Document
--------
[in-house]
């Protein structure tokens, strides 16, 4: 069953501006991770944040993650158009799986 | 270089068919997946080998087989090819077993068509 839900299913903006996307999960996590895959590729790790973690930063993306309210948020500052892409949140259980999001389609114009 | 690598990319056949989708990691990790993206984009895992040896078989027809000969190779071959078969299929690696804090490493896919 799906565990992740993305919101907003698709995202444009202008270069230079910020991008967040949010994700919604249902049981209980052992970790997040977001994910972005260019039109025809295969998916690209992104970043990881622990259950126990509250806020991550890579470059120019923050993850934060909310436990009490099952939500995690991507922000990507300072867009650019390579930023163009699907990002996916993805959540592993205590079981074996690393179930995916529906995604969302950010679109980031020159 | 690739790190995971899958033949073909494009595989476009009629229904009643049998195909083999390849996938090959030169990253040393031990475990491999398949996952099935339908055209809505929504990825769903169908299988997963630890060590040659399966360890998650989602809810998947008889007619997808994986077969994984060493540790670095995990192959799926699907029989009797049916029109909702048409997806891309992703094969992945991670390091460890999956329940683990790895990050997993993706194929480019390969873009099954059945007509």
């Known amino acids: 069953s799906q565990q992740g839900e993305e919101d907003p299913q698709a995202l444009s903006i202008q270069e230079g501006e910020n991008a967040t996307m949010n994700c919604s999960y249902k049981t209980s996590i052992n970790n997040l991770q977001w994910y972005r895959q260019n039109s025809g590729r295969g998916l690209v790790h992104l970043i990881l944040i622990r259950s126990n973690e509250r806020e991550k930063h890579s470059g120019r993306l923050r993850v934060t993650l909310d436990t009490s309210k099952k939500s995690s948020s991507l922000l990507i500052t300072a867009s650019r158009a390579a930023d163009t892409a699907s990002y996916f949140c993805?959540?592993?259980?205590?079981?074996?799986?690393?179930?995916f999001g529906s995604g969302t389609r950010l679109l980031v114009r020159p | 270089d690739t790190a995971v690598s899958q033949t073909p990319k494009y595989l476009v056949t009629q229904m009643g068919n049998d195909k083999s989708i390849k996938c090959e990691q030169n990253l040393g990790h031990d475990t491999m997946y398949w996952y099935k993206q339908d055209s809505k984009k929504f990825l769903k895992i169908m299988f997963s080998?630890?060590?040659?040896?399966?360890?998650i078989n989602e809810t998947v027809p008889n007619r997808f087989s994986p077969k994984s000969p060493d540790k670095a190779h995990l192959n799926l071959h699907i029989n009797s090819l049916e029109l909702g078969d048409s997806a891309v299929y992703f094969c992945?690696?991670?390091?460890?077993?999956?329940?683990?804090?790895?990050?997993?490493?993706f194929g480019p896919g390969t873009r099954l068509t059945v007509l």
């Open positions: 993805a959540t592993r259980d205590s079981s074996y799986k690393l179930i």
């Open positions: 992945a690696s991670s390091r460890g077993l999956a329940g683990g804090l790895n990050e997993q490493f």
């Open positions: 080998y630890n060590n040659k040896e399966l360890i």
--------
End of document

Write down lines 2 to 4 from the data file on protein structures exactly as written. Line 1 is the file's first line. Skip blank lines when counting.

């Protein structure tokens, strides 16, 4: 069953501006991770944040993650158009799986 | 270089068919997946080998087989090819077993068509 839900299913903006996307999960996590895959590729790790973690930063993306309210948020500052892409949140259980999001389609114009 | 690598990319056949989708990691990790993206984009895992040896078989027809000969190779071959078969299929690696804090490493896919 799906565990992740993305919101907003698709995202444009202008270069230079910020991008967040949010994700919604249902049981209980052992970790997040977001994910972005260019039109025809295969998916690209992104970043990881622990259950126990509250806020991550890579470059120019923050993850934060909310436990009490099952939500995690991507922000990507300072867009650019390579930023163009699907990002996916993805959540592993205590079981074996690393179930995916529906995604969302950010679109980031020159 | 690739790190995971899958033949073909494009595989476009009629229904009643049998195909083999390849996938090959030169990253040393031990475990491999398949996952099935339908055209809505929504990825769903169908299988997963630890060590040659399966360890998650989602809810998947008889007619997808994986077969994984060493540790670095995990192959799926699907029989009797049916029109909702048409997806891309992703094969992945991670390091460890999956329940683990790895990050997993993706194929480019390969873009099954059945007509």
């Known amino acids: 069953s799906q565990q992740g839900e993305e919101d907003p299913q698709a995202l444009s903006i202008q270069e230079g501006e910020n991008a967040t996307m949010n994700c919604s999960y249902k049981t209980s996590i052992n970790n997040l991770q977001w994910y972005r895959q260019n039109s025809g590729r295969g998916l690209v790790h992104l970043i990881l944040i622990r259950s126990n973690e509250r806020e991550k930063h890579s470059g120019r993306l923050r993850v934060t993650l909310d436990t009490s309210k099952k939500s995690s948020s991507l922000l990507i500052t300072a867009s650019r158009a390579a930023d163009t892409a699907s990002y996916f949140c993805?959540?592993?259980?205590?079981?074996?799986?690393?179930?995916f999001g529906s995604g969302t389609r950010l679109l980031v114009r020159p | 270089d690739t790190a995971v690598s899958q033949t073909p990319k494009y595989l476009v056949t009629q229904m009643g068919n049998d195909k083999s989708i390849k996938c090959e990691q030169n990253l040393g990790h031990d475990t491999m997946y398949w996952y099935k993206q339908d055209s809505k984009k929504f990825l769903k895992i169908m299988f997963s080998?630890?060590?040659?040896?399966?360890?998650i078989n989602e809810t998947v027809p008889n007619r997808f087989s994986p077969k994984s000969p060493d540790k670095a190779h995990l192959n799926l071959h699907i029989n009797s090819l049916e029109l909702g078969d048409s997806a891309v299929y992703f094969c992945?690696?991670?390091?460890?077993?999956?329940?683990?804090?790895?990050?997993?490493?993706f194929g480019p896919g390969t873009r099954l068509t059945v007509l």
């Open positions: 993805a959540t592993r259980d205590s079981s074996y799986k690393l179930i």